Dear Christian: Stop Trying to Sit on the Seat of Judgement

I’ve come to a few conclusions of late: the first is that people often are the harshest in areas where they themselves struggle, especially when it comes to judging others. The Second conclusion is that I am a person who has a hard time in not judging others. I’m not speaking of biblical correction: it’s something every believer should do when a brother or sister in Christ stumbles. What I’m talking about is the acting as judge, jury, and executioner: making up our minds about someone, and not forgiving, or extending the forgiveness and Grace that God, through Christ has given to us. In my service to Christ, I’ve often acted the part of counselor. I’ve been frustrated more than once when someone doesn’t heed the advice I give them, especially when what I say will happen comes to pass (this happens most often in pre-marital and marital counseling). And, even though my predictions of what will come to pass if the course correction doesn’t happen often happens, I must, daily, remind myself that I am not the one who sits on the seat of judgement. People are fallible. We all fall short of God’s glory, and I repent daily for my own failings. It’s easy to judge. Why do we do it, though? Why do we place ourselves on a seat only qualified for God in His ultimate goodness? In examining my own life and experiences with others, I’ve come to understand that our judgements are often defensive, caused by wounds within our lives that we have not dealt with. We judge because it keeps people away from us, because, if they’re out of arm’s reach, they can’t hurt us. We judge because it justifies our own frailties while condemning others (I’m not as bad as that person). We judge because it keeps us from having to grow, change, or even forgive. What do we do then? What is our option to right this wrong, and humbly submit to God as the judge? We must first and foremost deal with the wounds within our own lives, and each and everyone has to do with unforgiveness. We treat others based on how others treat us, and to heal, we must learn to forgive what others have done to us. We must learn to let go of the things people have said and done, no matter how horrible, and learn to live, free from the burdens of the pain. Otherwise, we’re letting people live rent-free within our minds, and it effects every relationship we have, whether or not we mean it to. Forgiveness is not giving someone a pass, nor is it inviting them back in to hurt you again: what they do after you forgive them is between them and God. Forgiveness is letting go of the pain, hurt, and torment someone else did, and fixing your eyes on Jesus, and trusting that He will work all things, even the horrible things, for your good. Forgiveness is even praying that God will find that person, as He did with you, and heal them, as He’s healing you. Get off the judgement seat: forgive, love, and extend grace freely. You’re free in Christ, and who He has set free is free indeed. Matthew 18:15-35 “If your brother sins against you, go and tell him his fault, between you and him alone. If he listens to you, you have gained your brother. But if he does not listen, take one or two others along with you, that every charge may be established by the evidence of two or three witnesses. If he refuses to listen to them, tell it to the church. And if he refuses to listen even to the church, let him be to you as a Gentile and a tax collector. Truly, I say to you, whatever you bind on earth shall be bound in heaven, and whatever you loose on earth shall be loosed in heaven. Again I say to you, if two of you agree on earth about anything they ask, it will be done for them by my Father in heaven. For where two or three are gathered in my name, there am I among them.”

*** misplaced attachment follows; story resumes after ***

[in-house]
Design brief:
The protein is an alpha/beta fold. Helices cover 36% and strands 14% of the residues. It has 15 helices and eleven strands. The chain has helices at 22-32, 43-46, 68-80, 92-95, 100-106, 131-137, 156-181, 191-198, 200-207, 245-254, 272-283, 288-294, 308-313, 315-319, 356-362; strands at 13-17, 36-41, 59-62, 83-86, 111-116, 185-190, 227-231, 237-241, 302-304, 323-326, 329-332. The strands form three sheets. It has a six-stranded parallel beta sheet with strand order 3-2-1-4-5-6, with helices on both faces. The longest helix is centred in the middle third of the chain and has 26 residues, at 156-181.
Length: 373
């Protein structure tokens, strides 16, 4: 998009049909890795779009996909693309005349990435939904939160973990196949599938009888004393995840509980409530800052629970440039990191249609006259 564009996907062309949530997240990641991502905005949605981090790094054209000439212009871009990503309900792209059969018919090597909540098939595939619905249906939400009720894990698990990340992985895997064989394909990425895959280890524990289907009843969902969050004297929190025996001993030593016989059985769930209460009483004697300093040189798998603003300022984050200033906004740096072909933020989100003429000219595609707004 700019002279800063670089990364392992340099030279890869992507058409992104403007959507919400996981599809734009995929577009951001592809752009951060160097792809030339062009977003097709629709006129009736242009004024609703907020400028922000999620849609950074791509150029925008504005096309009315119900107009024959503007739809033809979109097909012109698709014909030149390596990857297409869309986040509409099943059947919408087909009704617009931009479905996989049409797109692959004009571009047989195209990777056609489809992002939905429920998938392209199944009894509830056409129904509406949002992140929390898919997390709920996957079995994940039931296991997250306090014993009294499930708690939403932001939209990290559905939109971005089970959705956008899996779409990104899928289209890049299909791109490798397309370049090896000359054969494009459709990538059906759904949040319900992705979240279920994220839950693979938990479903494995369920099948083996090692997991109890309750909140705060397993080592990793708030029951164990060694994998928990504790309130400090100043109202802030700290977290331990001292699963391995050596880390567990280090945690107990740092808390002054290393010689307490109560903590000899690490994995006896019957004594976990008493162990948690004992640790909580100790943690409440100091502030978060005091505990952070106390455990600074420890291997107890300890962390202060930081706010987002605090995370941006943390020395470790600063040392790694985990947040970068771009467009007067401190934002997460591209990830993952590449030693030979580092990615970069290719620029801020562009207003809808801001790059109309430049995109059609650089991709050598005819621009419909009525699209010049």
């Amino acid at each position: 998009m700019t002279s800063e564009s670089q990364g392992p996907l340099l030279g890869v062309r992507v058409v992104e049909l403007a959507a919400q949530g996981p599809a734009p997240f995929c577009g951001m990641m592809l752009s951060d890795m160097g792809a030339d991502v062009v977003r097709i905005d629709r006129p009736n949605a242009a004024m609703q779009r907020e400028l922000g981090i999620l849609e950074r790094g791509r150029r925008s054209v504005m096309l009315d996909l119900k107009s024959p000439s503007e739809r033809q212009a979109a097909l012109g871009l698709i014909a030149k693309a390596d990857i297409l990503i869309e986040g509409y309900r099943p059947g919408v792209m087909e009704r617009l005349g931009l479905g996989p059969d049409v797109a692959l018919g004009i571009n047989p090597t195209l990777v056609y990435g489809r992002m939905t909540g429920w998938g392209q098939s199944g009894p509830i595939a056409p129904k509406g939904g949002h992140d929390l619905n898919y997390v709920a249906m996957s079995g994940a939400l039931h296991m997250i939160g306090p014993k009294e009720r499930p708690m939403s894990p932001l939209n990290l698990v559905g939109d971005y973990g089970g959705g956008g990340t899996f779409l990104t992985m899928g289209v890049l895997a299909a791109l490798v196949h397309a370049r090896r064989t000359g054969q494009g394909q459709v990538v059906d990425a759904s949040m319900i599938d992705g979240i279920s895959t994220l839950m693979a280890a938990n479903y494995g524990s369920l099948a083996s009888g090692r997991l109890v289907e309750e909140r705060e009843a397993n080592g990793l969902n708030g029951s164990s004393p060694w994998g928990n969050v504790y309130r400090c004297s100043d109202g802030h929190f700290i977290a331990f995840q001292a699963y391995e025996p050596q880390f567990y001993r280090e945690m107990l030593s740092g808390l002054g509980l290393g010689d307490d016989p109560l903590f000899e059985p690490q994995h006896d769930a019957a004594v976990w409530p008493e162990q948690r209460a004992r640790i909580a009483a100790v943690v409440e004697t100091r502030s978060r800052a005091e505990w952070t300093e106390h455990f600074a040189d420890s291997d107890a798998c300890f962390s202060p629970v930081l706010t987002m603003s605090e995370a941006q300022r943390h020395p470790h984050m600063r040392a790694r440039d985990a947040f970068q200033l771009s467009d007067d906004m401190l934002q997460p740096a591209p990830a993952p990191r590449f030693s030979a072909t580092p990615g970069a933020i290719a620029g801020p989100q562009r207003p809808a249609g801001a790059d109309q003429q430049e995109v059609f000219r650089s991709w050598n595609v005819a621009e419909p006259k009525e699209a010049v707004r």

Then Peter came up and said to him, “Lord, how often will my brother sin against me, and I forgive him? As many as seven times?” Jesus said to him, “I do not say to you seven times, but seventy-seven times.


“Therefore the kingdom of heaven may be compared to a king who wished to settle accounts with his servants. When he began to settle, one was brought to him who owed him ten thousand talents. And since he could not pay, his master ordered him to be sold, with his wife and children and all that he had, and payment to be made. So the servant fell on his knees, imploring him, ‘Have patience with me, and I will pay you everything.’ And out of pity for him, the master of that servant released him and forgave him the debt. But when that same servant went out, he found one of his fellow servants who owed him a hundred denarii,and seizing him, he began to choke him, saying, ‘Pay what you owe.’ So his fellow servant fell down and pleaded with him, ‘Have patience with me, and I will pay you.’ He refused and went and put him in prison until he should pay the debt. When his fellow servants saw what had taken place, they were greatly distressed, and they went and reported to their master all that had taken place. Then his master summoned him and said to him, ‘You wicked servant! I forgave you all that debt because you pleaded with me. And should not you have had mercy on your fellow servant, as I had mercy on you?’ And in anger his master delivered him to the jailers, until he should pay all his debt. So also my heavenly Father will do to every one of you, if you do not forgive your brother from your heart.”




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